Opinions: U.S. Foreign Aid Effectiveness; Faith-Based Groups’ Work Abroad
Foreign Aid Is A Smart Investment
Although “foreign assistance is a very small proportion of the overall budget, its effectiveness is both measurable and priceless,” Sheila Nix, the executive director of ONE, writes in a Roll Call opinion piece. “These investments are helping shape a world where no one dies from malaria, no more children are born with HIV and families are able to feed themselves and others through the use of sustainable agriculture techniques. But this future reality is possible only with continued strong support from the United States,” according to Nix. She adds, “In addition to transforming lives, smart investments in the developing world also help prevent political strife. This clearly enhances our own national security.”
Nix writes: “The United States has always been a leader in efforts to improve the lives of the more than 1.4 billion people in extreme poverty. We have done this through smart investments in global health and development. Let’s continue to move forward. Let’s not allow disease and despair to replace tangible progress. Congress and the president should work together to continue to fight global poverty. It is an investment with tremendous ability to make the world a more human and healthy place” (3/18).
Faith-Based Groups’ Experience Is A Good Investment ForÂ U.S. Taxpayers
In a Washington Times opinion piece, columnist Julia Duin writes about faith-based aid. Duin interviews Richard Stearns, the president of World Vision, whoÂ served a term on President Barack Obama’s Council on Faith-Based and Neighborhood Partnerships. According to Duin, Stearns’ committee recently sent along some recommendations to Obama, including one “to drastically increase the percent of foreign humanitarian monies to private voluntary organizations (PVOs) that are carrying a major load of humanitarian work worldwide.”
While USAID’s budget has been reduced, “groups such as CARE, Bread for the World, Habitat for Humanity, â€¦ others have shouldered much of the load. At the same time, the monies to these groups have shrunk from 33 percent several decades ago to 10 percent today, with the difference going to the Department of Defense and for-profit contractors. Neither of these have much experience in humanitarian aid,” Duin writes. Stearns told Duin: “PVOs have decades of experience working internationally on these issues â€¦ A lot of very specific knowledge about malaria protection, orphan care, water sanitation, safe childbirth, education and micro-finance is in this community. â€¦ When the U.S. government partners with World Vision or Catholic Relief [Services], they get all the benefit of that knowledge for the taxpayer dollar they invest” (3/18).
Federal Government Should Continue To Partner With Faith-Based GroupsÂ To Serve Those In NeedÂ
“Faith-based charities have a proven, decades-long track record of effectiveness while serving the poor, the sick, the elderly and children-at-risk in America and throughout the world,” the three faith-based organization leadersÂ from Obama’s Council on Faith-Based and Neighborhood PartnershipsÂ write in a Hill opinion piece. The writers outline why they disagree with those who argue that faith-based groups thatÂ prioritize hiring staff of the same faith “should be excluded from partnership with the U.S. government.” They go on to discuss how faith-based grantees use public funds.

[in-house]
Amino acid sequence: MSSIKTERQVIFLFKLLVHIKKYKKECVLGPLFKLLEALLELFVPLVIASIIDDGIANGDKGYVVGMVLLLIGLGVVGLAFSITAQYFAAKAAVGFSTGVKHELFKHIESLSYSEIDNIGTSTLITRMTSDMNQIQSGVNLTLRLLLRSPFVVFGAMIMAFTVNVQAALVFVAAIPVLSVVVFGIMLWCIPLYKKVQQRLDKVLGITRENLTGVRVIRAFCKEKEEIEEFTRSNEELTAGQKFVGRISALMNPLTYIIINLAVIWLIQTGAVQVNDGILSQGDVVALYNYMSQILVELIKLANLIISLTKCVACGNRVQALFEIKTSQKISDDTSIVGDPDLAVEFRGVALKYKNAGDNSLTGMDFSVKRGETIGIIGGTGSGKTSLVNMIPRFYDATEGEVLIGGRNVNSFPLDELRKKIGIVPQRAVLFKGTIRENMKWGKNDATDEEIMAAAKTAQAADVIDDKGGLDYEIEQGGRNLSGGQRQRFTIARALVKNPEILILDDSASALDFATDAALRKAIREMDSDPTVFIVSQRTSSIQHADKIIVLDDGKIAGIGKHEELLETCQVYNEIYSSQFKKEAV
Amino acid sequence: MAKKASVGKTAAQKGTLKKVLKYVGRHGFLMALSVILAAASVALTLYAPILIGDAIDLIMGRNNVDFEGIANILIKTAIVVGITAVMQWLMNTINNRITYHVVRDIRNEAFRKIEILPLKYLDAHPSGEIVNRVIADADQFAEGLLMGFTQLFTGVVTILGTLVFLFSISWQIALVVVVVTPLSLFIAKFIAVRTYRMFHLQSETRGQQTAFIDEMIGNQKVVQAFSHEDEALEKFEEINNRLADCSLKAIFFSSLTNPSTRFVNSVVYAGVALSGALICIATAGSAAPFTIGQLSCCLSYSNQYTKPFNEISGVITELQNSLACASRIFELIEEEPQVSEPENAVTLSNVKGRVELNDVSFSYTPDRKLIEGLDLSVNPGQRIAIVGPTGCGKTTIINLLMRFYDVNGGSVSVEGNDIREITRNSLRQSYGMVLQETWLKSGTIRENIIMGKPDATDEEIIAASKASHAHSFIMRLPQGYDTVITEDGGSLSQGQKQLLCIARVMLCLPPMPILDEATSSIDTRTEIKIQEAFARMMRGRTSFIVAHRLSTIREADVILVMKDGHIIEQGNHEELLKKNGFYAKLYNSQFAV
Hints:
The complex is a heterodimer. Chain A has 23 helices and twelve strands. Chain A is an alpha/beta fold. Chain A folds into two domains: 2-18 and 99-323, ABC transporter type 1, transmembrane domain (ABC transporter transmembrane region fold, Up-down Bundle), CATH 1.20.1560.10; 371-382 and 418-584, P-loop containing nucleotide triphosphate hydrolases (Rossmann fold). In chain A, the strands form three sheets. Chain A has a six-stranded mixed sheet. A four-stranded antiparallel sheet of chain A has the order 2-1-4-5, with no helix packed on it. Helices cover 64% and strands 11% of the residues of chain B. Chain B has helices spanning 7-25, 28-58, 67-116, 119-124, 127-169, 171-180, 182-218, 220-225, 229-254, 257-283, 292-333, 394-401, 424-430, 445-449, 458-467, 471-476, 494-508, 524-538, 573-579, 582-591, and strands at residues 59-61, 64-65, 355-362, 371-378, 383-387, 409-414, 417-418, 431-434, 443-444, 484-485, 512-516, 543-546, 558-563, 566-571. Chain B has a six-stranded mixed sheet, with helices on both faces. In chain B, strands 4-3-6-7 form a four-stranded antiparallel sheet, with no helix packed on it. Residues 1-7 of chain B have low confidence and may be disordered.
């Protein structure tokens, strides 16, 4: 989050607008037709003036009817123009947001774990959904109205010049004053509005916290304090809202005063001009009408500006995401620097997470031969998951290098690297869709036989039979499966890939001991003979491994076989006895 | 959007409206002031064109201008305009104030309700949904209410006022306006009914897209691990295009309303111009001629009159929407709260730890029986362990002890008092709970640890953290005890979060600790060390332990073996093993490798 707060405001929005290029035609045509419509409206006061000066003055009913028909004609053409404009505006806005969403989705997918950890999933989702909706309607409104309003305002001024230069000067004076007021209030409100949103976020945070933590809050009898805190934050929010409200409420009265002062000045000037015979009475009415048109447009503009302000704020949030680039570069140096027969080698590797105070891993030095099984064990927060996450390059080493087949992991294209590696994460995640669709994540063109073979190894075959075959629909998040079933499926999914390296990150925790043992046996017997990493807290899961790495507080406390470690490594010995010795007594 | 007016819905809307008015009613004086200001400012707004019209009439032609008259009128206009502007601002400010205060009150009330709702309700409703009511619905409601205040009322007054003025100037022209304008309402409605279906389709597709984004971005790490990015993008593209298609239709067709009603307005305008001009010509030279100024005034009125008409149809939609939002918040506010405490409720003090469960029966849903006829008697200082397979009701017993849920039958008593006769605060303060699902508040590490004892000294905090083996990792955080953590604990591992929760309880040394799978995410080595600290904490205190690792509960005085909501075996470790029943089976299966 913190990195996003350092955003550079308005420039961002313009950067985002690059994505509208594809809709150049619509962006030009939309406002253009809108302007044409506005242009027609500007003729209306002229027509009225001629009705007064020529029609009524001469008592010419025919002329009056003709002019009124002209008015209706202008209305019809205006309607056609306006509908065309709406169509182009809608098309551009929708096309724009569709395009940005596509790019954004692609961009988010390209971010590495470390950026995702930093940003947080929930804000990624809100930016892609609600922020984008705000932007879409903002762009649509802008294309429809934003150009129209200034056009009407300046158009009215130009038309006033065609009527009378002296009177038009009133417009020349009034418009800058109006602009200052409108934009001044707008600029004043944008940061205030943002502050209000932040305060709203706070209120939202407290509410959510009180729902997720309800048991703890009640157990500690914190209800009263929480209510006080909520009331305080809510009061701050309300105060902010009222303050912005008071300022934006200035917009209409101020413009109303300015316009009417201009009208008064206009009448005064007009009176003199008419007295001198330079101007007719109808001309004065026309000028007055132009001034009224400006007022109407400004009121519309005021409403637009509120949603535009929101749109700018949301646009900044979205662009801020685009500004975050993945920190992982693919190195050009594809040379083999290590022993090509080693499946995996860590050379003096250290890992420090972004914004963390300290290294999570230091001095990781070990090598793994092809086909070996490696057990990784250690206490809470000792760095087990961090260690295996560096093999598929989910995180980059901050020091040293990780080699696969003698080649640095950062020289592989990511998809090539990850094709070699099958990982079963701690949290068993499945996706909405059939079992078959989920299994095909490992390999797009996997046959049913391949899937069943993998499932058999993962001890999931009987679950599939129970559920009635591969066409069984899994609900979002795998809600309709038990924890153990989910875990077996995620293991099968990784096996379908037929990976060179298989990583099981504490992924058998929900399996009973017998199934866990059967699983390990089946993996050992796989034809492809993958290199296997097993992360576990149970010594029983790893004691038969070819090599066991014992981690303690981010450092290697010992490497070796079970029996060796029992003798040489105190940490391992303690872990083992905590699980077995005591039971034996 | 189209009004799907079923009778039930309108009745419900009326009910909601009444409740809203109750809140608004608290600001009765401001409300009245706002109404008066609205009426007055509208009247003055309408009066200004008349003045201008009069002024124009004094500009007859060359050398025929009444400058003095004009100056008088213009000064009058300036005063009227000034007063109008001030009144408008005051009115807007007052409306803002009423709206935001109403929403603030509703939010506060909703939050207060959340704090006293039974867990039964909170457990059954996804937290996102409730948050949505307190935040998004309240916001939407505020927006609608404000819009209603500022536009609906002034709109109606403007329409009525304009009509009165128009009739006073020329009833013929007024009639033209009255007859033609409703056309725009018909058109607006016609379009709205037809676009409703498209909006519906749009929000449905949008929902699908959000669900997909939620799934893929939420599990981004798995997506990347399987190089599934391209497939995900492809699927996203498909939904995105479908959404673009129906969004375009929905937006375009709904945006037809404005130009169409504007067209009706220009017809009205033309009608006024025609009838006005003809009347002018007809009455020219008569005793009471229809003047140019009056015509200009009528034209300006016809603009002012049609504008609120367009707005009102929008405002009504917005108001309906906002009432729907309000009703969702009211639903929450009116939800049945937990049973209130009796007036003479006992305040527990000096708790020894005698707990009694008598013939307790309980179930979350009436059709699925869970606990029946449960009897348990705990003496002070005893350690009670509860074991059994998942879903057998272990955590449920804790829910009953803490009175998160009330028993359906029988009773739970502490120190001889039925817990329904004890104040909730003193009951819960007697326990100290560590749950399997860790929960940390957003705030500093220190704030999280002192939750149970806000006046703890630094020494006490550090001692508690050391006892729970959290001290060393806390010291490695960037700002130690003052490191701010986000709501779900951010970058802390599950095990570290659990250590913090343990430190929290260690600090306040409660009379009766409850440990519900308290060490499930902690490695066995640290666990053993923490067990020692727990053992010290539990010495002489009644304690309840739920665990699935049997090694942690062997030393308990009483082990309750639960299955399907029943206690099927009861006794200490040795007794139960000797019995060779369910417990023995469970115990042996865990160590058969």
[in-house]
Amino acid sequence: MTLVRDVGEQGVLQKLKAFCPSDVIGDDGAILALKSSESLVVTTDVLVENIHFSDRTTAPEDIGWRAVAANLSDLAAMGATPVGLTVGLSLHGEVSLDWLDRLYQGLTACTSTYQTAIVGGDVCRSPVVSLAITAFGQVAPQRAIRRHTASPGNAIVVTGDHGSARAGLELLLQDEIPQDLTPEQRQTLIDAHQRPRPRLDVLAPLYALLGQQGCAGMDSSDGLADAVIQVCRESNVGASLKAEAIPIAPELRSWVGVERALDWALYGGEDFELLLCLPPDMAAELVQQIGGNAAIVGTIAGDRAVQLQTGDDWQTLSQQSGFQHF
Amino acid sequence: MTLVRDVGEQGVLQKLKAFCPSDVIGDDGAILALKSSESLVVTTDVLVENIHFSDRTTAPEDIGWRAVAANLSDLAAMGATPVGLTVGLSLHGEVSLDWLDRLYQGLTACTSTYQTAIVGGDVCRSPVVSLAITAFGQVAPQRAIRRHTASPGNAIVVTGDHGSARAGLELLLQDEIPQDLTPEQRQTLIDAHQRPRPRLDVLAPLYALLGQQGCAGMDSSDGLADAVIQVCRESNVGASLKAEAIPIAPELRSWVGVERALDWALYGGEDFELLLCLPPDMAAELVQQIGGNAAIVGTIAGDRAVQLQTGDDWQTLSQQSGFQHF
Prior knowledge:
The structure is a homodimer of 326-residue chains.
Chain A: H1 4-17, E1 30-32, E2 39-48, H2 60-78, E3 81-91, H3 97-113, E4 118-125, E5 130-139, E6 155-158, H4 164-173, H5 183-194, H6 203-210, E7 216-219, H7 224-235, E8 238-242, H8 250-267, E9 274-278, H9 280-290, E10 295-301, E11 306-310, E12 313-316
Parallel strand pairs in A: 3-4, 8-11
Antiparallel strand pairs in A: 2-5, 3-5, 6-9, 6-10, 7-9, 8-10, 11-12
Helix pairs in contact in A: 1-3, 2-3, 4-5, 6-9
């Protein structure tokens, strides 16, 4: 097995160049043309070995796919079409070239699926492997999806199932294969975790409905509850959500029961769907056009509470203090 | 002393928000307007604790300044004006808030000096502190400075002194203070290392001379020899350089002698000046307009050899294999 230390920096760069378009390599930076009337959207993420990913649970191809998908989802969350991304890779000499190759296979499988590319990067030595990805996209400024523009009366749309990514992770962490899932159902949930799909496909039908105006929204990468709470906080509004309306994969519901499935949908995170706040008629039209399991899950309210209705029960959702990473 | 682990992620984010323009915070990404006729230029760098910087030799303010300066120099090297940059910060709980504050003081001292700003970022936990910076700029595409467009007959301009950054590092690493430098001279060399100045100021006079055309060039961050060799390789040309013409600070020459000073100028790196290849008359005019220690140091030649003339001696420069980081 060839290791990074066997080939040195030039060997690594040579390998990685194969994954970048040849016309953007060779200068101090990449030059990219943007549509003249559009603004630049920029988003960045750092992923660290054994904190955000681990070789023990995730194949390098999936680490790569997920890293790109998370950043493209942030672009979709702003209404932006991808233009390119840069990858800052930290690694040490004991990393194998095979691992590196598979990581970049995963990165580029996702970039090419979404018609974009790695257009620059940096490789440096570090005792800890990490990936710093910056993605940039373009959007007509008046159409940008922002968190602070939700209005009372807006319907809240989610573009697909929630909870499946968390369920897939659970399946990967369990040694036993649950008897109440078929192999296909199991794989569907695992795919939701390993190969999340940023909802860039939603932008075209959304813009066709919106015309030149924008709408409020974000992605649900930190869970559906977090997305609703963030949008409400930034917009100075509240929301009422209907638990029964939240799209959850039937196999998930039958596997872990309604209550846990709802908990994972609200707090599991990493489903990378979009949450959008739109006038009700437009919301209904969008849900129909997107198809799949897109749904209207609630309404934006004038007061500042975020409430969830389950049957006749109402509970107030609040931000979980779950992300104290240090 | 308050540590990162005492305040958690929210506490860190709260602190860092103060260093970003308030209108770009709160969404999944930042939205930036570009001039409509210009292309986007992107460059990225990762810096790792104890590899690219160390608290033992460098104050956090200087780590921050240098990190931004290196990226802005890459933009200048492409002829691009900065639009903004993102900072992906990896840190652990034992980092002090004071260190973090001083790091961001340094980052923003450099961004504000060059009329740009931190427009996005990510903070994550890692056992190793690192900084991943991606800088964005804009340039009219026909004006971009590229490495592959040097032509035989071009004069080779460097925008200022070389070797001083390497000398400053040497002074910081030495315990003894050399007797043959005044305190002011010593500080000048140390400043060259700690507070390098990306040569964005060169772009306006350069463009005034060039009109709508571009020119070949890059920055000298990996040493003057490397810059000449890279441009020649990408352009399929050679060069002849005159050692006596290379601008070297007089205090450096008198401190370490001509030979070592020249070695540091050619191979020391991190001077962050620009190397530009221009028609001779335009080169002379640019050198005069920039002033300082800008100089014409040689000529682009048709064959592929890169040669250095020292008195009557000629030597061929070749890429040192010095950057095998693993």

“Simply put, ‘faith’ is what makes faith-based organizations what they are. Don’t all mission-driven organizations recruit and hire those who embrace their values and mission? Non-faith-based examples would include Planned Parenthood and the The Nature Conservancy,” according to the authors. “The President recognizes we must use every resource available to serve those in need.Â Faith-based organizations, whether Jewish, Christian, Buddhist, or Muslim, compelled by their shared mandate to serve the down-trodden, are at the forefront delivering social services around the globe.Â They don’t discriminate against those that they serve â€“ so let’s not discriminate against them,” they conclude (Diament/McKenzie/Stearns, 3/16).Â Â Â Â Â
Foreign Aid, Development Projects Are A ‘Vital’ Component Of National Security
“[I]t is vital that Congress support smart U.S. development and global poverty-fighting efforts as a key part of our national security strategy,” according to a Miami Herald opinion piece by Will Bennett, a technical sergeant who supported Air Force peacekeeping and wartime missions for 12 years. “Having served in the combat zone, I have seen firsthand the importance of foreign aid to our national security. â€¦ U.S. development efforts that are saving lives, building opportunity and adding to our security should not be cut. They need to be maintained and strengthened,” Bennett writes, noting the “great returns” from sanitation services and other development projects he witnessed in Iraq.
“Effective development, working hand-in-hand with accountable leadership and local communities in places like sub-Saharan Africa works to stabilize volatile areas and reduce the risk of regions becoming a security liability for the United States. Foreign development aid is critical to our national security strategy and must continue to be funded,” he concludes (3/16).
The KFF Daily Global Health Policy Report summarized news and information on global health policy from hundreds of sources, from May 2009 through December 2020. All summaries are archived and available via search.